Vilar’s Underground Sound series brings an off-season smorgasbord to Beaver Creek |

Vilar’s Underground Sound series brings an off-season smorgasbord to Beaver Creek

Rosanna Turner
Special to the Daily
The Hot Sardines play in Beaver Creek Oct. 12.
Special to the Daily |

if you go …

What: Underground Sound concert series.

When: Every Sunday through Nov. 9. All shows start at 7:30 p.m.

Sunday: Cirque Mechanics Pedal Punk

Oct. 12: The Hot Sardines: Speakeasy Nights

Oct. 19: honeyhoney

Oct. 26: Suzanne Vega

Nov. 2: Nora Jane Struthers and the Party Line

Nov. 9: Storm Large & Le Bonheur

Where: Vilar Performing Arts Center, Beaver Creek.

Cost: The Underground Sound pass includes all seven shows for $100. The passes are transferable and include one free drink per show. Individual show prices vary. Pass and ticket holders can enjoy specials at Beaver Creek’s The Met and the Dusty Boot before this Sunday’s show. All pass holders get dinner for two for $35 at the Dusty Boot for all shows starting Oct. 12.

More information: Visit

Someone told you that you could see a world-class circus, a sexy songstress, a cute duo who sound old but are actually brand new, two folk singers with more than one story to tell, a jivin’ jazz band that will take you back to better times and one of the best guitarists still strumming all for less than the cost of a one-day ski ticket, then you might not believe it.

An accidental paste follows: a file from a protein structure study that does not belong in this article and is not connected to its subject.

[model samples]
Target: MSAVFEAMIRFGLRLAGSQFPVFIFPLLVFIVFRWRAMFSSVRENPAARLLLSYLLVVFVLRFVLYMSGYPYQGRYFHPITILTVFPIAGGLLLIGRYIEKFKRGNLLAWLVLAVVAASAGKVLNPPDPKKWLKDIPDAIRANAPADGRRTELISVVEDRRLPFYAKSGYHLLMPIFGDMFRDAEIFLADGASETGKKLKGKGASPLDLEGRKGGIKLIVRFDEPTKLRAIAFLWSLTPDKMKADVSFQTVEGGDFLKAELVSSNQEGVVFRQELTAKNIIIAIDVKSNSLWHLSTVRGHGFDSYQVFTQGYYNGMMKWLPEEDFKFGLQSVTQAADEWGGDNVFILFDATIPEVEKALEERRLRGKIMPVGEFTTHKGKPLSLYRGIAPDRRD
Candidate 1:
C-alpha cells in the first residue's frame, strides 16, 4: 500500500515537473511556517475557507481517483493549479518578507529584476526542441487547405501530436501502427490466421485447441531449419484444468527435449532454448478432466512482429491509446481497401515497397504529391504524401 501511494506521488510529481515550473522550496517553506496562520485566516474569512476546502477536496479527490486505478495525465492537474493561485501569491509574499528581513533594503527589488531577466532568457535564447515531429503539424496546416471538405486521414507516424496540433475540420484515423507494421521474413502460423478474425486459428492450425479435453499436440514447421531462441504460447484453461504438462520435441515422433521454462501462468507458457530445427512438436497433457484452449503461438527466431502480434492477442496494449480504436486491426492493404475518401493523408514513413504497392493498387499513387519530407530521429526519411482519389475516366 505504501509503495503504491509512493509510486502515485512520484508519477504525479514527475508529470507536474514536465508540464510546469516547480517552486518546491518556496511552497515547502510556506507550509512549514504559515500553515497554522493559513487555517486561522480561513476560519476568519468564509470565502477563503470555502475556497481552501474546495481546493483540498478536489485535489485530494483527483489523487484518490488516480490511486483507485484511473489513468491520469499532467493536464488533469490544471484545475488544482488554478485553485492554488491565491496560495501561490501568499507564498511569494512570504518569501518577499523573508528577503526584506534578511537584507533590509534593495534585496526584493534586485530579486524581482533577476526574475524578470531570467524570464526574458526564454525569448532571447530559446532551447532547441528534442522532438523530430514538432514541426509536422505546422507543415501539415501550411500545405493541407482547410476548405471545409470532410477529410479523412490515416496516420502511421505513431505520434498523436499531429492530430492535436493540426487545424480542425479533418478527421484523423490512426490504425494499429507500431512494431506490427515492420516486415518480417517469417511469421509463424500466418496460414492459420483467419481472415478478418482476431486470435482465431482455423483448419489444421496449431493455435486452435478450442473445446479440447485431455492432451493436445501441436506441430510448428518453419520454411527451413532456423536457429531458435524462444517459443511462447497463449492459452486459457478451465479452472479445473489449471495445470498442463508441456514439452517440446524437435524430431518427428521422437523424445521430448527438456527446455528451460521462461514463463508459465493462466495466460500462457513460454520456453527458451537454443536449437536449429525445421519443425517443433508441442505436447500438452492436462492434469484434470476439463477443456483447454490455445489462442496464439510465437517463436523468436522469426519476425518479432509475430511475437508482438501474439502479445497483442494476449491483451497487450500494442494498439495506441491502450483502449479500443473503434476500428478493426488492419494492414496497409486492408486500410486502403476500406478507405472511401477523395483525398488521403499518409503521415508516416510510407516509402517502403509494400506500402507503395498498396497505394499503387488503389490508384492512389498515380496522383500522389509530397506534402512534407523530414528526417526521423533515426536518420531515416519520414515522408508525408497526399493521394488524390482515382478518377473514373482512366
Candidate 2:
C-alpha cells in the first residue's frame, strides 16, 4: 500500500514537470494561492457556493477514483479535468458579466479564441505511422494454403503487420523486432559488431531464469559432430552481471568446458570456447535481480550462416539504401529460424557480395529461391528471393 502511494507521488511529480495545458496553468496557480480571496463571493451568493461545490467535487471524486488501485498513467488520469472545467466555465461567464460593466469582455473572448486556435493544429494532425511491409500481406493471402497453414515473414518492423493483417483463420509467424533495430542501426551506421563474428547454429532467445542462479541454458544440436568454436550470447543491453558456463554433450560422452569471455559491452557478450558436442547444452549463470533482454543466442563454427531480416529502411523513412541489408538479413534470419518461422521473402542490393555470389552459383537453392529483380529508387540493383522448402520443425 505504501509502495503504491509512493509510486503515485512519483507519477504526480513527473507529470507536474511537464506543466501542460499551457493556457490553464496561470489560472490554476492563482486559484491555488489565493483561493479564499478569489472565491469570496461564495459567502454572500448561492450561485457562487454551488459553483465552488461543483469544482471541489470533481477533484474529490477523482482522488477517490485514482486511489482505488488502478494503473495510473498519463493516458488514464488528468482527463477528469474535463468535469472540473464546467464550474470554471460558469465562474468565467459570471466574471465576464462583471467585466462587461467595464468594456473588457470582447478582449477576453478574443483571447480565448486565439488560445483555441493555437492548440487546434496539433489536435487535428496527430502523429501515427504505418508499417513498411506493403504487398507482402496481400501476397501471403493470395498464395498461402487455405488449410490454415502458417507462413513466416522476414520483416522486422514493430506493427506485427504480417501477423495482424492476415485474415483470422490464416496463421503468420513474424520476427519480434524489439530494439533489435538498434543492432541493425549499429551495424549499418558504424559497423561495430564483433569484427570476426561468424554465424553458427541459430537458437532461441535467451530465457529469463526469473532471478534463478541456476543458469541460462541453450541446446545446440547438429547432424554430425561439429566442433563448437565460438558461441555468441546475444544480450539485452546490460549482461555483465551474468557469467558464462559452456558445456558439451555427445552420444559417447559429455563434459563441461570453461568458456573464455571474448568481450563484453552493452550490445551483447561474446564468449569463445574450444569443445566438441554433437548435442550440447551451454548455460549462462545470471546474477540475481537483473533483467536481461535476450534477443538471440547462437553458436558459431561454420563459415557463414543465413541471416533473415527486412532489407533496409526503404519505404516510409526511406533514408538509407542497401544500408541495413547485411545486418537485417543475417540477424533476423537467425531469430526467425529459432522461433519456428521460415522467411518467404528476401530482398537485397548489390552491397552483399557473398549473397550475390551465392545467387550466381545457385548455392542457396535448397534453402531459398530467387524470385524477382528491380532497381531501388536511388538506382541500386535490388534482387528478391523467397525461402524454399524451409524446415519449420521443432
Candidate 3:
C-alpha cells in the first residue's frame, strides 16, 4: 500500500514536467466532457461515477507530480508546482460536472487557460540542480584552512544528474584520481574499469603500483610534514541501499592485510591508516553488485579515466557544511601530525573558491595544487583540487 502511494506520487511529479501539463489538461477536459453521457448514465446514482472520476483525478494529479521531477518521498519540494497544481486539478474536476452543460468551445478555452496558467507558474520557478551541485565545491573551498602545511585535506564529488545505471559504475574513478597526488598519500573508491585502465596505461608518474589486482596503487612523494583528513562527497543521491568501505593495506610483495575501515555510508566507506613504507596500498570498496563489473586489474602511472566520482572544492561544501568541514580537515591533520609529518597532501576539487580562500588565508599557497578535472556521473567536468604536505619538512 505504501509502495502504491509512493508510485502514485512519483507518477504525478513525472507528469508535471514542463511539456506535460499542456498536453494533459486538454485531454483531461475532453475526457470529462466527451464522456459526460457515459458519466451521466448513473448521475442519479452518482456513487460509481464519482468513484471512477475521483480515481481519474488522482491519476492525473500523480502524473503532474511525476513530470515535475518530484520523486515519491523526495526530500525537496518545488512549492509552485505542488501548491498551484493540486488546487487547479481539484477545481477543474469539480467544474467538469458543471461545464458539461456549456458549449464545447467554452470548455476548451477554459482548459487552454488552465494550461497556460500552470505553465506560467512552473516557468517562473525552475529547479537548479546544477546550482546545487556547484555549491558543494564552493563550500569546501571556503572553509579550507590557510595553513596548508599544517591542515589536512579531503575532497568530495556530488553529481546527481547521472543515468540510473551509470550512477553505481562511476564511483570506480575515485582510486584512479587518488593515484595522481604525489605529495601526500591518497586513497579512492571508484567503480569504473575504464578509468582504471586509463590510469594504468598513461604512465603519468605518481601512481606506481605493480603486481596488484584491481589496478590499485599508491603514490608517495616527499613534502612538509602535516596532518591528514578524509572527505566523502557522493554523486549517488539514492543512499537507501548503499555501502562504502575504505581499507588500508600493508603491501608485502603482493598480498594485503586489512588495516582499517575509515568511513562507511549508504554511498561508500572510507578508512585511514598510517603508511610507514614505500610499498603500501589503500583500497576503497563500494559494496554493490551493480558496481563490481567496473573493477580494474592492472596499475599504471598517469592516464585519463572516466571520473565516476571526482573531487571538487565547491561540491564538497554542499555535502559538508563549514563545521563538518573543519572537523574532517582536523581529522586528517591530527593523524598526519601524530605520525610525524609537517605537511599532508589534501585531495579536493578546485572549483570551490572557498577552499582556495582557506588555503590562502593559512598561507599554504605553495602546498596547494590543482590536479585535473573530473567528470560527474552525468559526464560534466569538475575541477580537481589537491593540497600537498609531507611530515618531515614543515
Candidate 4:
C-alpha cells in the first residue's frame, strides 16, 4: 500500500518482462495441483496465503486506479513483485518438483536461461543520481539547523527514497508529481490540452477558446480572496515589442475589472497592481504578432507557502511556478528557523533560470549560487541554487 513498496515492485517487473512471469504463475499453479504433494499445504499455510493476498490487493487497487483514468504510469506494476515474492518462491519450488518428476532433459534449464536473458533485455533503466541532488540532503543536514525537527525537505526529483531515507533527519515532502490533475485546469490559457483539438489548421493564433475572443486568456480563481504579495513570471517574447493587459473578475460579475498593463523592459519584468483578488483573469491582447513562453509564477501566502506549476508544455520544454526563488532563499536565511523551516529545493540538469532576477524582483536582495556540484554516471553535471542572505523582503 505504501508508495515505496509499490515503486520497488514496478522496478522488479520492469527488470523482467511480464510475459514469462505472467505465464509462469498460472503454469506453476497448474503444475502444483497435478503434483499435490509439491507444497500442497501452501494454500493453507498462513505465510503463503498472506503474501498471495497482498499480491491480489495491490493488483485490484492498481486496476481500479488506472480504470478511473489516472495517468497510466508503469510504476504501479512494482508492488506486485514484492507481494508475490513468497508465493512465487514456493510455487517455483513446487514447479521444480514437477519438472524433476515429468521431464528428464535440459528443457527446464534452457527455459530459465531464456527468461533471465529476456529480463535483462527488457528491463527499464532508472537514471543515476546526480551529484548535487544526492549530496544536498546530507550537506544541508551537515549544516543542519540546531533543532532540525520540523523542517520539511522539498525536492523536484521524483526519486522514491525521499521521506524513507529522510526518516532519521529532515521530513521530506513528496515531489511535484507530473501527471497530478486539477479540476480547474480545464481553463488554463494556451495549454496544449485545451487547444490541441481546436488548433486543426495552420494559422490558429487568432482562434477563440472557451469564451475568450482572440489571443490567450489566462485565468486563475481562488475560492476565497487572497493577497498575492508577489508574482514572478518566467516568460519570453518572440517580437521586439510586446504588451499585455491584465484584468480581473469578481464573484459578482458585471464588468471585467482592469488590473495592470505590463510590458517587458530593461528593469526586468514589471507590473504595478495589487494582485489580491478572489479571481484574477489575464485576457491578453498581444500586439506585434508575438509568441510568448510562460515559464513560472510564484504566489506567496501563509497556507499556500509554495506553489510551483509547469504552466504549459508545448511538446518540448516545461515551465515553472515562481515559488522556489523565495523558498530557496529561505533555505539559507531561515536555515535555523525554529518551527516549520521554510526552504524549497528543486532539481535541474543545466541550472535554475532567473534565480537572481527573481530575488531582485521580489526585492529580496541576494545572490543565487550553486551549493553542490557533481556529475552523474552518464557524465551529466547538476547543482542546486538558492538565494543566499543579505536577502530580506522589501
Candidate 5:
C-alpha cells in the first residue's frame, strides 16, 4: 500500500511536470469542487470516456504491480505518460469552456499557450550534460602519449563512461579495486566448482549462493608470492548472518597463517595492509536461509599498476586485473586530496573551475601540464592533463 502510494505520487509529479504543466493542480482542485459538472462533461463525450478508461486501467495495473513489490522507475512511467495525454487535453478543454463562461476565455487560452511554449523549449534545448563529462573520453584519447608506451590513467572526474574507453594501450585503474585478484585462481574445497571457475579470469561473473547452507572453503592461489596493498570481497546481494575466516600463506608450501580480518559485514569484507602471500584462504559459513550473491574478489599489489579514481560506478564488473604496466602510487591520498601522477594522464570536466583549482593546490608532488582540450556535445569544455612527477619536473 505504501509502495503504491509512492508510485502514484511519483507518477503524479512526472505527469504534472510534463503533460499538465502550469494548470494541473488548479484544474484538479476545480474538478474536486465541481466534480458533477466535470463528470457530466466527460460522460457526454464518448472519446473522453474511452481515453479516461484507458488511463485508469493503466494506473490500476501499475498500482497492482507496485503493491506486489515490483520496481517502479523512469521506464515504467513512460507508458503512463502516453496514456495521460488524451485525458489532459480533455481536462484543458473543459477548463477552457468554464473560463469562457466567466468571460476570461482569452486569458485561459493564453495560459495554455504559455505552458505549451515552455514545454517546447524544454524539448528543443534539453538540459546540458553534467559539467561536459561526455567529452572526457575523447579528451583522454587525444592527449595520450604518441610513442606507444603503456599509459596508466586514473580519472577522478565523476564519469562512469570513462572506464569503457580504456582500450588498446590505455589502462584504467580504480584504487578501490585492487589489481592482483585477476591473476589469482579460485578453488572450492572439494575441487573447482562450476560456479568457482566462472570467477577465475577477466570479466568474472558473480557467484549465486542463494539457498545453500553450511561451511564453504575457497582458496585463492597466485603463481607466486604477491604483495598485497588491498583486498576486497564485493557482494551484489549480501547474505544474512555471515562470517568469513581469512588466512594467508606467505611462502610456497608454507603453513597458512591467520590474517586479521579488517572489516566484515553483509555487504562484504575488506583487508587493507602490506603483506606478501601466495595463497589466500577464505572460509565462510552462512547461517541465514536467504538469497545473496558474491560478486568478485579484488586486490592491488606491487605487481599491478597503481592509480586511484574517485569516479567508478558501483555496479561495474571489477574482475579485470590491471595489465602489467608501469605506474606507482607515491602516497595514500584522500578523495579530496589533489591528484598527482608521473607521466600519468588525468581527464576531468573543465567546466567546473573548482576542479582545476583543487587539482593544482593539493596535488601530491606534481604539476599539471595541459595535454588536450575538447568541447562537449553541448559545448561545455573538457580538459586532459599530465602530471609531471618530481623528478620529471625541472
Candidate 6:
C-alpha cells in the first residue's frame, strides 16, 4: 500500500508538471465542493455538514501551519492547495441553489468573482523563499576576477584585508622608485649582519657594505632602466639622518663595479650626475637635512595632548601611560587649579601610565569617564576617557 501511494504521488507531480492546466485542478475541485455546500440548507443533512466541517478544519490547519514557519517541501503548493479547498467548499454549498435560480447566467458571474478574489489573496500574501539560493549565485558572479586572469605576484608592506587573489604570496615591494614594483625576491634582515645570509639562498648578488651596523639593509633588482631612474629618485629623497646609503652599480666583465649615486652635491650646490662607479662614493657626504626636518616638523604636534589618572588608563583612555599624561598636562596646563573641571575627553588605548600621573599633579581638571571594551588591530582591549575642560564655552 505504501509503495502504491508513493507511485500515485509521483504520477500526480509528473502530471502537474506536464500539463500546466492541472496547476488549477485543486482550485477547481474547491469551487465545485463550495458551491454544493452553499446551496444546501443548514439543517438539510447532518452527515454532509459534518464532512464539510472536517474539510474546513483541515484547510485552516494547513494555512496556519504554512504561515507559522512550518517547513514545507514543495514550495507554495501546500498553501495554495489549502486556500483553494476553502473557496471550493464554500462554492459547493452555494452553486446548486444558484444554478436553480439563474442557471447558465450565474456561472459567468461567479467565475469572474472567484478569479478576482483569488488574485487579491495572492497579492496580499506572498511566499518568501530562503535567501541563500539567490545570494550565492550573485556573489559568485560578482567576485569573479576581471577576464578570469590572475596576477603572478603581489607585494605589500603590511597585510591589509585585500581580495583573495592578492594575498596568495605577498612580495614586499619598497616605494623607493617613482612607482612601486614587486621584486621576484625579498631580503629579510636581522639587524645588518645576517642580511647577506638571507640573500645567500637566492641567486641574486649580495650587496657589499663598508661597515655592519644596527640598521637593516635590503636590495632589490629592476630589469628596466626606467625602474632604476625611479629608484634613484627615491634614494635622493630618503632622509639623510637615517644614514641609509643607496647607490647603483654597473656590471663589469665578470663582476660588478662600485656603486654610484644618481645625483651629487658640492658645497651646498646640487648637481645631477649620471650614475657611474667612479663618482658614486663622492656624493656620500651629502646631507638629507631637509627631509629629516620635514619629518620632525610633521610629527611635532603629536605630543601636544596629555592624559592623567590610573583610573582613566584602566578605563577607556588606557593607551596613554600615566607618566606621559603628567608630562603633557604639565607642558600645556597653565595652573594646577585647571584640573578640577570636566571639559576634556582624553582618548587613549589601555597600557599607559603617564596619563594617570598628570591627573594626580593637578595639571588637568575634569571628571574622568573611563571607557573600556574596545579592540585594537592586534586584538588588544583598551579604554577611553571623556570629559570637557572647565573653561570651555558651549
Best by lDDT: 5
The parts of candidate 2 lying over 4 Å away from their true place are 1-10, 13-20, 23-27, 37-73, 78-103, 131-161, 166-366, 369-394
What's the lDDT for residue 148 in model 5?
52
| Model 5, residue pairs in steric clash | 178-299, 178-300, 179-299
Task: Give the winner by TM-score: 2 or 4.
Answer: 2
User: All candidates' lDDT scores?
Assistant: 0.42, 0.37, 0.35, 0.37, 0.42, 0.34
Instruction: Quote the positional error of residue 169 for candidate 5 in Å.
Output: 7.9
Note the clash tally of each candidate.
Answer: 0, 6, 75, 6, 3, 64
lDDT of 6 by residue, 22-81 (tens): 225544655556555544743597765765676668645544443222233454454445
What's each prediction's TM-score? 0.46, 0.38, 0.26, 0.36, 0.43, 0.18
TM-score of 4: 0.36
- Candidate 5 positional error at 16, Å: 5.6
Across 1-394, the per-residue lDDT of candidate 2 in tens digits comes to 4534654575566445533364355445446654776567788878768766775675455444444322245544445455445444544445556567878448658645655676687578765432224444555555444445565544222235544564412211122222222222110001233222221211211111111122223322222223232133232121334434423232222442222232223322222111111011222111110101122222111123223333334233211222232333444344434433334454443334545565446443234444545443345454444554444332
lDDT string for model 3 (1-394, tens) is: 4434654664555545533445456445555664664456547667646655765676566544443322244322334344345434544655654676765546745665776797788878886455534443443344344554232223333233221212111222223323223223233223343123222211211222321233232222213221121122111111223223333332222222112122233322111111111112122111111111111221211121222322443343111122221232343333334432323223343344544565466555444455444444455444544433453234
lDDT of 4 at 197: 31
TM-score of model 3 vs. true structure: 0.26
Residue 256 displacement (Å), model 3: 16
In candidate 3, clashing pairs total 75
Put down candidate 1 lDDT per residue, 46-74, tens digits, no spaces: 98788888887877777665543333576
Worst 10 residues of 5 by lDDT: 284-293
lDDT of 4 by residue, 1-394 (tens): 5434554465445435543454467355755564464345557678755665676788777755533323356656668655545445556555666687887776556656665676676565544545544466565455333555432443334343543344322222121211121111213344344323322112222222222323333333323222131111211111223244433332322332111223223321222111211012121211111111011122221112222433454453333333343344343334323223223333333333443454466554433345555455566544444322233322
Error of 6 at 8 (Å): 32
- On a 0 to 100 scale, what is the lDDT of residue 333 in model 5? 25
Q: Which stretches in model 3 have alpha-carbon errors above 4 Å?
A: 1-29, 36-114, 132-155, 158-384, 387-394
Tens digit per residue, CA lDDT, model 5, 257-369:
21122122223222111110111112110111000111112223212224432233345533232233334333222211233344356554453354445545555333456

This fall, the Underground Sound series at the Vilar Performing Arts Center in Beaver Creek is serving up a smorgasbord of music and entertainment for seven straight weeks. It kicked off Sunday and continues through Nov. 9. Designed to showcase up-and-coming artists who you might not have heard of yet, this year’s lineup is more focused on polished performers who still deserve more time in the spotlight. Kris Sabel, executive director for the Vilar Center, said the series is a chance to hear, and see, something fresh and unexpected.

“I love getting people to say, ‘Hey, I’ll come to seven shows that I don’t know what they are. I’ll find out about something new,’” Sabel said.

Crowd-pleasing players

One of the most anticipated Underground Sound shows this year is Cirque Mechanics’ “Pedal Punk,” which will make its world premiere at the Vilar Center on Sunday. For more on the Cirque Mechanics, check out Saturday’s High Life cover, which will feature the group.

Outside of Cirque Mechanics’ “Pedal Punk,” the rest of the Underground Sound series features music from a variety of genres. The series continues Oct. 12 with The Hot Sardines: Speakeasy Nights. A Hot Sardines show is like taking a trip back in time a la the movie “Midnight in Paris.” Sabel said the group plays in the gypsy jazz style of Django Reinhardt, an influential French guitarist who was popular in the ’30s and ’40s. In addition to instruments, The Hot Sardines have a tap dancer as part of their rhythm section. Make sure to dress in your best zoot suit and wrap your hair up in a snood for this show.

What many like about Underground Sound is that it features musicians who truly know how to tell a story in song. Edwards resident Karin Johnson and her husband bought a pass last year and are looking forward to the series this year. Johnson said seeing a show at the Vilar Center feels like having a concert in your living room.